2. The State Level Screening Committee constituted in every State/UT with legislature examines it & forwards it to the Standing Committee constituted at the national level, if a primafacie case of profiteering is made out against the registered person.

3. Thereafter, the Standing Committee shall refer the matter to the Director General of Anti-Profiteering (erstwhile DG,Safeguards)for a detailed investigation, if prima facie evidence of profiteering exists.

4. The DG, Anti-Profiteering shall conduct the investigation and submit its report to the National Anti-Profiteering Authority (NAA)constituted by the Central Government under section 171 (2) of the CGST Act,2017 for taking appropriate action, as mentioned in the Answer to Q6 above.

Ans: An online complaint can be filed at http://www.naa.gov.in/complaint.php. Complaints of the nature of national-level can be filed by e-mail at sc.antiprofiteering[at]gov[dot]in Complaints of local nature can be sent by mail to the respective State Screening Committee.

Ans: No, the prescribed application form APAF-01 is with reference toa single Good/Service. In case of application for multiple Goods/Services, separate application for each Good/Service isrequired to be filed.

Ans: Rule 126 of the CGST Rules,2017 vests the power to determine the methodology & procedure with the National Anti-ProfiteeringAuthority constituted by the Central Governmentunder Section 171 (2) of the CGST Act,2017. The guiding principle mentioned in the said Rule states that the reduction in tax rate on supply of goods or services or benefit of input tax credithas tobe passedonto the recipient by way of commensurate reduction in prices. The methodology and procedure adopted to identify cases of profiteering may vary from case to case, depending upon the facts of the case and the nature of goods or services supplied.

Ans: The Consumer Affairs Ministry in the Government of India, vide its letter no. WM-10(31)/2017, dated 04.07.2017,permitted the manufacturers or packers or importers of pre-packaged commodities to affix new MRP labels (after incorporating tax changes due to GST) in addition to existing MRP for three months from 1stJul to 30thSept 2017. Similar action was taken after the GST rate reduction in November, 2017 and July, 2018.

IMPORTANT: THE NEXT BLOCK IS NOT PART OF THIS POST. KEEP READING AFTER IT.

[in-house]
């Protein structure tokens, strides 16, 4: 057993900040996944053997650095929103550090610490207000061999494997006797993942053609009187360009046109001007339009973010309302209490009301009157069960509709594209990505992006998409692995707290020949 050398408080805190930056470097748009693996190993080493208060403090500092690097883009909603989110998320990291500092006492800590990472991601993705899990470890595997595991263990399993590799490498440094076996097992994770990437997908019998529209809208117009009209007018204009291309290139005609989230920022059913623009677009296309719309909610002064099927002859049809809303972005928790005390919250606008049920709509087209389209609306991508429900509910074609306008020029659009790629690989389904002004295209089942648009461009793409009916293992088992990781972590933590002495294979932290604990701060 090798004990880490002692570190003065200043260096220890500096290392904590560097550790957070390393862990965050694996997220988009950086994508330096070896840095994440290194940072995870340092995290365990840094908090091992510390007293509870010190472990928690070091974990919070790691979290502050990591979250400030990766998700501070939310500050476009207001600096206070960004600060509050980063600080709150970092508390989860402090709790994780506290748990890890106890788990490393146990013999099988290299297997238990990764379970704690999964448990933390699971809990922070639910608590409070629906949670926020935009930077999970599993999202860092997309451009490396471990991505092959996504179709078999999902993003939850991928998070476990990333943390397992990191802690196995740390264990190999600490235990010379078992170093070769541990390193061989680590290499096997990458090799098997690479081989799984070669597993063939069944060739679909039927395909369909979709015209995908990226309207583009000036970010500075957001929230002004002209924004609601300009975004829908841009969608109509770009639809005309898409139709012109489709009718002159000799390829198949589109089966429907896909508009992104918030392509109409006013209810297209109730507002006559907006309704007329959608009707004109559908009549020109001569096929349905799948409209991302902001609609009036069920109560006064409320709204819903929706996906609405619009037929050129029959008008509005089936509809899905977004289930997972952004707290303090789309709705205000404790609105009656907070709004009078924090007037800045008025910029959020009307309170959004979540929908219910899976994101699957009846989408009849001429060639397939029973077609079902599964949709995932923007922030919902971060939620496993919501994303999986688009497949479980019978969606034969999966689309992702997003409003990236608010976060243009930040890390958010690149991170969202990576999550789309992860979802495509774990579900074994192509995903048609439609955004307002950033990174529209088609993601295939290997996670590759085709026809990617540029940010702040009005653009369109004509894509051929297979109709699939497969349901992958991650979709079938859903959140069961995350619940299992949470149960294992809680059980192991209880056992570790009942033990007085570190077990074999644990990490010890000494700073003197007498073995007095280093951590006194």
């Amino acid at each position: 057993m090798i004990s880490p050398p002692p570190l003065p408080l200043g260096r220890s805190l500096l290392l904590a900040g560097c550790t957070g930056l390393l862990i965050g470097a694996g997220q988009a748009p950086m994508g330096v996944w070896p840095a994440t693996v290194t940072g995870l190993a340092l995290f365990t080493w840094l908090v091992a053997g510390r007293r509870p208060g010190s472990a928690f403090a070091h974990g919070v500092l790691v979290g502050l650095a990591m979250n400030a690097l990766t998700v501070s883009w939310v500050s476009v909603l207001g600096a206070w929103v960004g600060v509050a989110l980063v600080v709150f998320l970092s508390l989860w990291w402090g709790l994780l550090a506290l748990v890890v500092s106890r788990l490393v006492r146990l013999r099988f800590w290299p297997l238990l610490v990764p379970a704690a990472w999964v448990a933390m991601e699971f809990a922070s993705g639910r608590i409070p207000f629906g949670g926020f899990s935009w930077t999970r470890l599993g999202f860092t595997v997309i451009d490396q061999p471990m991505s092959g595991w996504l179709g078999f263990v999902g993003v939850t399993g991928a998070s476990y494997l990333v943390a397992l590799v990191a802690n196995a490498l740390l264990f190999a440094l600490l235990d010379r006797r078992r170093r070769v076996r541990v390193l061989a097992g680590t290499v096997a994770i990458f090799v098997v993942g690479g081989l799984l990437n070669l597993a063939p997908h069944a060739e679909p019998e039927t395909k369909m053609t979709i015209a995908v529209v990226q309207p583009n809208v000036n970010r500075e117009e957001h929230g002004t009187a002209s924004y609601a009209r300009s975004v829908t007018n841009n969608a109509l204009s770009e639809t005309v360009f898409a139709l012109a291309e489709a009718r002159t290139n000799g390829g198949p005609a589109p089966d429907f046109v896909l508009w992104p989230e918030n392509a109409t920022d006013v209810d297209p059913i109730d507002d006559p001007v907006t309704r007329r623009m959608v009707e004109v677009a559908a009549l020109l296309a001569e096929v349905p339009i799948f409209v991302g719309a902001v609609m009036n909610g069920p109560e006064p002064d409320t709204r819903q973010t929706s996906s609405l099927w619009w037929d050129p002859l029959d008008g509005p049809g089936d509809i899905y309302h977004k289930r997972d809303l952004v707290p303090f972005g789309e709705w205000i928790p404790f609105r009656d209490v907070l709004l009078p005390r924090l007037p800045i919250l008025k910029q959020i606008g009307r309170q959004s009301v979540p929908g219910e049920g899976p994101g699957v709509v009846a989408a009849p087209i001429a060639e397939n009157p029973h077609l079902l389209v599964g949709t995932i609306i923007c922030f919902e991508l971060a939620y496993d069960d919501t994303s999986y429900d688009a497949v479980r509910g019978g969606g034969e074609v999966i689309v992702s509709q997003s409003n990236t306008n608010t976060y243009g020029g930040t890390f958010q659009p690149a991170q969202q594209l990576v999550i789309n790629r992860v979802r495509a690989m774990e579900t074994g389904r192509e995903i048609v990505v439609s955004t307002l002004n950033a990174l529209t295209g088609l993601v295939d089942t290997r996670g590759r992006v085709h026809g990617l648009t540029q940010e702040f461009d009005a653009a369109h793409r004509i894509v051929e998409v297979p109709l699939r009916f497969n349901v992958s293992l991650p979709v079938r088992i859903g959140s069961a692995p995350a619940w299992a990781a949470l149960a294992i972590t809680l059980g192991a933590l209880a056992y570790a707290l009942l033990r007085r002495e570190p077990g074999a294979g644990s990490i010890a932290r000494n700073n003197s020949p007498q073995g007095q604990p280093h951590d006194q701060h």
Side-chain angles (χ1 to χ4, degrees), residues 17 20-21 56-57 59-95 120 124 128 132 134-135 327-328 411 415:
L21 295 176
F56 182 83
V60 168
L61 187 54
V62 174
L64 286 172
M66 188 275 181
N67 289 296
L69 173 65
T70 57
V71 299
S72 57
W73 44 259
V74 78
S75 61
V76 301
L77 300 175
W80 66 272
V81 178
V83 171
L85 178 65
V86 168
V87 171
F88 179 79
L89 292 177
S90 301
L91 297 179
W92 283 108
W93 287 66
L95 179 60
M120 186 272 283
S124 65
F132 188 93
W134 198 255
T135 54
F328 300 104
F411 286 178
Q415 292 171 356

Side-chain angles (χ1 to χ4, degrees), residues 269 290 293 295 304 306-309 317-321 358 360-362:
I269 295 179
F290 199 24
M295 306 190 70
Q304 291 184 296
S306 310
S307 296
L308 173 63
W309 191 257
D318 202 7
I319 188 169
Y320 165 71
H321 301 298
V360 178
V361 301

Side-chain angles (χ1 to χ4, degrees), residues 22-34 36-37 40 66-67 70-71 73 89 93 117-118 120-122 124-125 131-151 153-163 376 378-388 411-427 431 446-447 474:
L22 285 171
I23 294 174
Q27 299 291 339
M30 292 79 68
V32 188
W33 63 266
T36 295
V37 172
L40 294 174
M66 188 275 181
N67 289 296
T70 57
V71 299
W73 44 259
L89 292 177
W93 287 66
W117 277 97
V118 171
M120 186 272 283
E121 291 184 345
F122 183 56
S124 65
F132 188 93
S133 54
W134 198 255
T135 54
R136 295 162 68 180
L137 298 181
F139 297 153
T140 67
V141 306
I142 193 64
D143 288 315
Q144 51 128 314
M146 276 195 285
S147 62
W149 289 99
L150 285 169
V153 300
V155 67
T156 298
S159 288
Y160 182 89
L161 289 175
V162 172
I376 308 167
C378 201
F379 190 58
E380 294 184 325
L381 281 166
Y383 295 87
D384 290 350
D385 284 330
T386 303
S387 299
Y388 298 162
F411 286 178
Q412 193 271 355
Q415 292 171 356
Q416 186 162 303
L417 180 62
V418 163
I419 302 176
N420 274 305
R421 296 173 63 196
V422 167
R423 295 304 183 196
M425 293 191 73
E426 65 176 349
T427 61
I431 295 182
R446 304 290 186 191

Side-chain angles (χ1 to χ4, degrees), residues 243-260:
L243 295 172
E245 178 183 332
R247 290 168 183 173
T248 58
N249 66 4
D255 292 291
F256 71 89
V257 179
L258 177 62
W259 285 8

Ans: As per the Government’s directive, shopping malls and retail stores are required to affix two MRP labels reflecting both pre-GST & post-GST prices. Despite this, if consumers find that retailers are selling goods at pre-GST affixed labels, they can report to National Consumer Helpline. Also, the administrative machinery of the Controller of Legal Metrology can be effectivelyused by States/UTs to monitor & resolve such cases.

Ans: Section 171 of the CGST Act, 2017 can be invoked when the builder increases the instalment amount to be paid in case of an under construction flat, complex etc, on the pretext of leviability of 12% GST as against the apparently lower tax rates in the earlier indirect tax regime. In pre-GST era, Central Excise duty was payable on most construction material at 12.5%.In addition, VAT was payable on construction material at 12.5%to 14.5% in most of the States& the construction material also suffered entry tax. The input tax credit of the above taxes was inadmissible for meeting Service Tax liability of the builder, thus leading to cascading of input taxes on constructed flats & a higher effective tax incidence. But GST regime allows full inputtaxcredit for offsetting the headline rate of 12%,thereby reducing the effective tax incidence.

Ans: The benefit of transitional input tax credit allowed under Section 140 (3) of the CGST Act, 2017, is required to be passed on to the recipient by way of reduced prices.

Ans: The maximum time envisaged for resolution of cases is 9 months excluding the time taken by the State-level screening committeeand the Standing Committee (maximum 2 months) for processing the complaints.

Ans: The complainant should submit a duly filled in application form APAF-01 along with his identification document and evidence of profiteering. The instructions for filling the said form are contained in form APAF-01.

Ans: The provisions of section 11 of the Right to Information Act, 2005, shall apply mutatis mutandis to the disclosure of any information which is provided on a confidential basis. The DG, Anti-Profiteering may require the parties providing information on confidential basis to furnish a non-confidential summary thereof. If, in the opinion of the party providing such information, the said information cannot be summarised, such party may submit a statement of reasons as to whysummarisation is not possible.

Ans: All the orders passed by NAA are available on their website http://www.naa.gov.in/news.php?cat=2.